Stabilizers, Thickeners and Gelling Agents

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Consumers demand a certain quality and eating experience from processed foods. This is achieved, in part, by the addition of stabilizers, thickeners and gelling agents, which give foods consistent texture, taste and mouth feel.


Extracted primarily from natural substances, stabilizers, thickeners and gelling agents are approved direct additives incorporated into foods to provide structure, viscosity, stability and other qualities, such as maintaining existing color.

Functions, Names and Labeling

Thickeners, stabilizers and gelling agents are classified separately but overlap in functionality. When dissolved or added to foods, they create stiffness, stabilize emulsions or form gels.

Thickeners range from flavorless powders to gums and are chosen for their ability to work in a variety of chemical and physical conditions. Variables affecting choice of thickener include pH, frozen state, clarity and taste. Starches, pectin and gums are the most common commercial thickeners used in soups, sauces and puddings.

Stabilizers are substances that increase stability and thickness by helping foods remain in an emulsion and retain physical characteristics. Ingredients that normally do not mix, such as oil and water, need stabilizers. Many low-fat foods are dependent on stabilizers. Lecithin, agar-agar, carrageenan and pectin are common in ice cream, margarine, dairy products, salad dressings and mayonnaise.

Gelling agents also function as stabilizers and thickeners to provide thickening without stiffness through the formation of gel in jellies, jams, desserts, yogurts and candies. Gums, starches, pectin, agar-agar and gelatin are common gelling agents.

Home cooking achieves the same structural changes with the addition of familiar starches, grains, egg yolks, yogurt, gelatin, mustard and vegetable purees.

Thickening agents also are used in treating medical conditions, such as dysphagia, to make swallowing easier and reduce the risk of aspiration.

To help consumers understand the function of the food additive, a classification is indicated on food labels — for example, “pectin (gelling agent).” Most direct additives are identified on the ingredient label of foods.

Thickeners, stabilizers and gelling agents are largely polysaccharides or derived from protein sources, for example:


  • Starches: arrowroot, cornstarch, potato starch, sago, tapioca
  • Vegetable gums: guar gum (extracted from guar bean), xanthan gum (from microbial fermentation used in gluten-free baked goods), locust bean gum (from carob tree)
  • Pectin (from apples or citrus fruit)


  • Collagen, egg whites, gelatin (from animal collagen), whey


  • Sugars: agar (from algae), carrageenan (from seaweeds and used to prevent separation in dairy products and ice cream)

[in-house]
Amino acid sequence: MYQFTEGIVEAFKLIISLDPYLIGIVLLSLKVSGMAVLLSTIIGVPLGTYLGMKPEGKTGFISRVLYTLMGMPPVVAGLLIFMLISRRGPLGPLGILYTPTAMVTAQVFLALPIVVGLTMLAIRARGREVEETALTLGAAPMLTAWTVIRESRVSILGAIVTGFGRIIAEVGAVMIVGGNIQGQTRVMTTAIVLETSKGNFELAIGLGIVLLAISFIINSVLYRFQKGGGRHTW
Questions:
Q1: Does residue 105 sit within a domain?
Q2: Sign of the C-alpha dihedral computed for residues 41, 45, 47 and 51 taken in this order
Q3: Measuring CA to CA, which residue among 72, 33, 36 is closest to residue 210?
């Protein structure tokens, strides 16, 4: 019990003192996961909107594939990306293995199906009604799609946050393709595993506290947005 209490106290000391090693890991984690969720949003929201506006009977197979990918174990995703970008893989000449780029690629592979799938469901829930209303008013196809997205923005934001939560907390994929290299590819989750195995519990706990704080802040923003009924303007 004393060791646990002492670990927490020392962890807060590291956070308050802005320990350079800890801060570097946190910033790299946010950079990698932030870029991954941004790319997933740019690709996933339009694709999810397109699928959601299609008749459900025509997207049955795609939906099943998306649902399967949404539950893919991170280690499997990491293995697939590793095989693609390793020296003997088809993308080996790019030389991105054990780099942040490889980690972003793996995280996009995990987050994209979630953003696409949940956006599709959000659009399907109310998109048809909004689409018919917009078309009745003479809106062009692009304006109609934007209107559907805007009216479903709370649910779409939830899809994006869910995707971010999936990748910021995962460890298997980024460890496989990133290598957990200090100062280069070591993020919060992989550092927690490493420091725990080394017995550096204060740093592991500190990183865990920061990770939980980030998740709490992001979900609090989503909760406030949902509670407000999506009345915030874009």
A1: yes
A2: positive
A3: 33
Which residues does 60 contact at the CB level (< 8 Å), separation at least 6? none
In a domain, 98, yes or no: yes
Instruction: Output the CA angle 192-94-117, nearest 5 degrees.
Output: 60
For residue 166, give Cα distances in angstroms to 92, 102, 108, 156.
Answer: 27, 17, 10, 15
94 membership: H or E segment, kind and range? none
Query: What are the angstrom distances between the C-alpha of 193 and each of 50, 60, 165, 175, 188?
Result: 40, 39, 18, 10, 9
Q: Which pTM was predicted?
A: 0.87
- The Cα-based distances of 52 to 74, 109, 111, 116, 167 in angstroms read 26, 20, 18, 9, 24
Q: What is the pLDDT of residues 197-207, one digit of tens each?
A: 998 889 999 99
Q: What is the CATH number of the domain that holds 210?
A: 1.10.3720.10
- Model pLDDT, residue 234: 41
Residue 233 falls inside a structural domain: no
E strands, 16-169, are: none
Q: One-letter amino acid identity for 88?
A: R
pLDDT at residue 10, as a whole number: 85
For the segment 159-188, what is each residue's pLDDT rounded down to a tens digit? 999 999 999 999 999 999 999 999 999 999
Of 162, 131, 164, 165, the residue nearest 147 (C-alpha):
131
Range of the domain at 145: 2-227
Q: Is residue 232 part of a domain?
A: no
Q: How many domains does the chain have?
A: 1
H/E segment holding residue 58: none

• Sodium pyrophosphate (used in common foods such as canned fish and instant pudding)
  • Lecithin (found in egg yolk, legumes and corn)
  • Mono- and diglycerides (stabilizers naturally present in many seed oils)

Sources are primarily natural (arrowroot, gelatin, starches) but also can be synthetic (carboxymethyl cellulose, methyl cellulose).


Thickeners, stabilizers and gelling agents must be authorized by the Food and Drug Administration before use. Standards for food additives are clearly defined with strict criteria, and there must be a documented need for their use before approval is granted. Maximum usage levels vary depending on the additive and the food in which it is used.

For example, stabilizers in frozen dairy desserts, fruit and water ices and in confections and frostings cannot exceed 0.5 percent by weight of the final product. Emulsifier, flavoring adjuvant, stabilizer or thickener in baked goods have the same 0.5 percent by weight limit.


Today, food additives are scrutinized, regulated and monitored more closely than at any other time. All new food additives undergo a rigorous testing and safety assessment to minimize potential adverse effects to human health. However, side effects and nutrient-drug interactions may result from large doses. For example, consuming more than 15 grams of xanthan gum may cause nausea, flatulence and bloating. Food-drug interactions are possible with certain medications; carrageenan may cause adverse side effects in people taking anticoagulants and antihypertensive drugs, and pectin may interact with antibiotics and cholesterol-lowering drugs.

Final Thought

Registered dietitian nutritionists can help consumers feel more comfortable about food additives by communicating their similar role in home kitchens.

“While the name of the ingredient may be unfamiliar, the mode of action in the food matrix is similar,” says Heather Dover, RDN, research assistant at the Center for Research on Ingredient Safety at Michigan State University.

“Most concerns about food additives are related to synthetic ingredients added to foods, yet 99 percent of these additives are derived from natural sources and meet all of the FDA standards for safety, intended use and populations,” says Roger Clemens, DrPH, and former president of the Institute of Food Technologists. “For over 100 years of usage, these direct additives have posed no adverse effect for any population.”

Kathleen Zelman
Kathleen Zelman, MPH, RDN, is the nutrition director of WebMD.